And I totally agree with Alice. Working exclusively for third party candidates – at this point in history – dooms us to irrelevance. If we are secure in our world view and remain conscious of the limitations of electoral politics, and if we want to be effective and not just pure, working within the two-party system will not leave us somehow vaguely tainted.

In my view, to be relevant, we must relate to the Obama phenomenon. And we must always continue to work outside the system as well as within.

Thorne Dreyer

Thorne,

I do not believe that there is no difference between these two capitalist parties; neither will I ignore the similarities. I am absolutely certain that the New Democrats, or even the New New Democrats, do not see the world the way that I do or the way that increasing numbers of people, young people especially, do.

Obama might, in fact, be sincere; that is impossible to judge at this point. My guess is that for all his theatrical, tent-revival “Hope” sermonizing, he will be able to make no significant changes in the behavior of capital, domestically or globally. Nor am I convinced that he intends to. He could certainly, as my 85 year old aunt in Dallas said to me yesterday, have baptized people by the thousands in this “Hope” crusade of his. So go on and “rededicate your life” to the Democratic Party, if you are so “moved” by this bogus Revival scheme. I have had all that Elmer Gantry “Great Awakening” jive I need for a lifetime. It is my guess that y’all gonna end up in some metaphorical place similar to that occupied by my dear Aunt (name redacted) when, following an especially rousing tent revival in 1951 in Leonard, Texas, she wound up in love with a missing evangelist preacher, pregnant and incarcerated in Gainesville.

I can assure that the women with whom I have worked in the Maquiladoras, the Comite Fronterizo de Obreras, barely recognize any difference in the United States political parties, with respect to the effects on their lives. Their families and towns have been destroyed by decisions made, by Democrats and Republicans alike, to refuse Mexico (and all of Latin America) the right to employ protectionist policies similar to those used by the US and Britain to good effect for a couple of hundred years. Families in Veracruz, who had lived in their Mothers’ Mothers’ Mothers’ houses for many generations were dispossessed by US Democrats like Bill Clinton who forced NAFTA down their throats on January 1, 1994. Within weeks , the Vera Cruz tire industry was destroyed and the people found themselves moving by the thousands into cardboard houses in Ciudad Acuna. They suddenly found themselves competing for jobs in the maquiladoras that paid inadequate wages, stripped them of dignity, and poisoned their bodies. I know many of these folks by name and I share their distrust of US politics, Democratic or Republican.

The New Democrats have been all about US hegemony and economic Neoliberalism. The “Liberal” era of capitalism was that period in the last two decades of the 19th century when the apologia for the domination of the planet by capital was excused by the Big Lie, the lie that such domination would lead to “development” of all societies. That, the existence of “liberal capitalism” is the myth that distinguished it from previous theories of capital that had said that capital looked after its own interests, and damn the workers. Neoliberal capitalist theory now holds sway, and it is the Democrats as much as the Republicans, maybe more for that matter, who have enforced the structures of the IMF and the WTO and thereby forced the less powerful countries to succumb, selling their public sectors, their resources, and their people to international capital. Back then it was the Filipinos, among others, who paid the price for capitalist domination. Today it is the Iraqis. Tomorrow …?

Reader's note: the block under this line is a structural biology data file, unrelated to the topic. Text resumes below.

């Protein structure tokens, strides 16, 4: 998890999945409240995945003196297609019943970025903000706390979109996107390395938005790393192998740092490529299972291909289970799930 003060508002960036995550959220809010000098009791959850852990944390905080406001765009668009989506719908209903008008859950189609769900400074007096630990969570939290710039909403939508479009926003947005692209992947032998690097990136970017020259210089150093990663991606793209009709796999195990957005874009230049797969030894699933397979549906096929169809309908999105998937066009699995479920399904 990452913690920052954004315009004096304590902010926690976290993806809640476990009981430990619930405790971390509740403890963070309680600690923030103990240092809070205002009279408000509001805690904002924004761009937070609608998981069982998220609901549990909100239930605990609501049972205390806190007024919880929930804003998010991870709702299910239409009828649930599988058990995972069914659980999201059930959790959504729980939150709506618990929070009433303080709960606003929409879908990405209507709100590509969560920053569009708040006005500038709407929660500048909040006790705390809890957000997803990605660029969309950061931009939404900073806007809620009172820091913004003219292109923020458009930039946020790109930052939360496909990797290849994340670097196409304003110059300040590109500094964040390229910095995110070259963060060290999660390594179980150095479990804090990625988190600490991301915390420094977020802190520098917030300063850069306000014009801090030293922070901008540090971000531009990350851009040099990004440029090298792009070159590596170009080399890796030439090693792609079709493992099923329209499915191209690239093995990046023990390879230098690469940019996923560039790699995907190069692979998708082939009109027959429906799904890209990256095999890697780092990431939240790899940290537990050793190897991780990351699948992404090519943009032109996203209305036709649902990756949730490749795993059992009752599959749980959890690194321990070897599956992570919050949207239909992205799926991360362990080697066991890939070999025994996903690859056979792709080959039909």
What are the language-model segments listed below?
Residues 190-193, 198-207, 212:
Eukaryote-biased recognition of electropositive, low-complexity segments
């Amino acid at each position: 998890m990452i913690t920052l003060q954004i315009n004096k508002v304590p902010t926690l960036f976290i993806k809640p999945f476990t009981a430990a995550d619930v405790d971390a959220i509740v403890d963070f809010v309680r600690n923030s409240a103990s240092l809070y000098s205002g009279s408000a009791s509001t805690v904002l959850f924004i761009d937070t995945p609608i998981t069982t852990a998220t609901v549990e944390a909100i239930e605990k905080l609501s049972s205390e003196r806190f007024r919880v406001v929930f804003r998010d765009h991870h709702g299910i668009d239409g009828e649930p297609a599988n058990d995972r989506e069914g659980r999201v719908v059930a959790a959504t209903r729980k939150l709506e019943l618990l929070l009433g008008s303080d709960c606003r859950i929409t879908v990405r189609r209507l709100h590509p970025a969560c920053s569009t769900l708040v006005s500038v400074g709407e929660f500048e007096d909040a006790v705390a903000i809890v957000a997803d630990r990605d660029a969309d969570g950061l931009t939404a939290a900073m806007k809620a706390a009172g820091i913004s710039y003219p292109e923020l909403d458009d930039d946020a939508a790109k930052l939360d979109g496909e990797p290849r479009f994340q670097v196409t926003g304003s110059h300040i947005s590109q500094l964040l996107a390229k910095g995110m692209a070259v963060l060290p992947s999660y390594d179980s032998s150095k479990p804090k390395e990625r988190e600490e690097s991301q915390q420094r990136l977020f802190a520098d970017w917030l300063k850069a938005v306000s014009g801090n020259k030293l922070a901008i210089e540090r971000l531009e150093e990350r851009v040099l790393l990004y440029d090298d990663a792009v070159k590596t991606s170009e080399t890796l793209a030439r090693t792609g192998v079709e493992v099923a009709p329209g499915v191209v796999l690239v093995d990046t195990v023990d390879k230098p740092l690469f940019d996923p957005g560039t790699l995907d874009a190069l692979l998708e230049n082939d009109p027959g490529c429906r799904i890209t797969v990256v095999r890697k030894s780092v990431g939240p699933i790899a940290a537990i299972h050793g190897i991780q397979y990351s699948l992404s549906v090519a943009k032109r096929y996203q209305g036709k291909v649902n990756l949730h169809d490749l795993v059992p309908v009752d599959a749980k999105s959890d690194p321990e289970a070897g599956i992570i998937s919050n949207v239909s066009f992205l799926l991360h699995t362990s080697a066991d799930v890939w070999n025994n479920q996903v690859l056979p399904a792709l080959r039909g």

This eighteen year old war is and was a Democratic party war as well as a Republican war. The New Democrats bombed Iraq and destroyed a modern infrasturcture. They imposed sanctions on the Iraqi people that caused hundreds of thousands of children to die. They then voted almost unanimously for this invasion and continued to fund this war after they gained control of Congress. They have refused to hold this criminal regime accountable. They are also complicit in the destruction of the US Constitution.

In the Summer of 1996 I spent seven days and nights in the jungle in the Zapatista village of Realidad, a few miles from the Guatemalan border. We were 600 leftist political activists and scholars from every nation in this hemisphere hosted by 600 indigeous revolutionaries, surrounded by 60,000 Mexican troops. I listened as delegation after delegation told us the horrors visited upon their villages, towns and cities by neoliberal Democratic and Republican politicians in the north since 1972. I camped with a small group of young people whose parents had been in Allende’s cabinet, and sang that “Commandante, Che Guevara” (literally, y’all) under a Full Moon. Spooky and life-changing. For me there has been not turning back to the illusion that either of the capitalist parties will look after my interests or those of the people i love, here or abroad. I have seen Reality and, unlike neoliberal Bill Clinton, I felt the pain. There has been no turning back. I vote Socialist and I vote Green.

Should we elect Obama, which, given all these “born again” believers, I imagine we will, the New Democratic legislators and their lobbyist bosses will castrate him and toss him aside. I will be very interested to revisit this conversation two years after Obama takes office.